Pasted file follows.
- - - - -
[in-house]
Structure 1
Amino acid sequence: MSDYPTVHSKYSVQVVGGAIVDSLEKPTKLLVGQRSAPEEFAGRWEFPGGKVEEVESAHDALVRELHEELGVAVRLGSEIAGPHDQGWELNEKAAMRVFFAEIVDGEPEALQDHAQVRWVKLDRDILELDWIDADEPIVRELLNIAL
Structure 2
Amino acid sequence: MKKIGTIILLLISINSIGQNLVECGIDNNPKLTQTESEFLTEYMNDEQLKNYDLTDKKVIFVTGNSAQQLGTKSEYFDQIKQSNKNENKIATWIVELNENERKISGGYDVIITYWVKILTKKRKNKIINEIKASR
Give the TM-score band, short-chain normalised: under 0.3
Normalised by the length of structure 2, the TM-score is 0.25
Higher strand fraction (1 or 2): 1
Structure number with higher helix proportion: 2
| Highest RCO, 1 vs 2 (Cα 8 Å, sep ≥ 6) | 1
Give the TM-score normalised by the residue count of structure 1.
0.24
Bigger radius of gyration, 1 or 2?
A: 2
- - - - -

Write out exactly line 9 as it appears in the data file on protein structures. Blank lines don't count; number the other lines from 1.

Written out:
Structure number with higher helix proportion: 2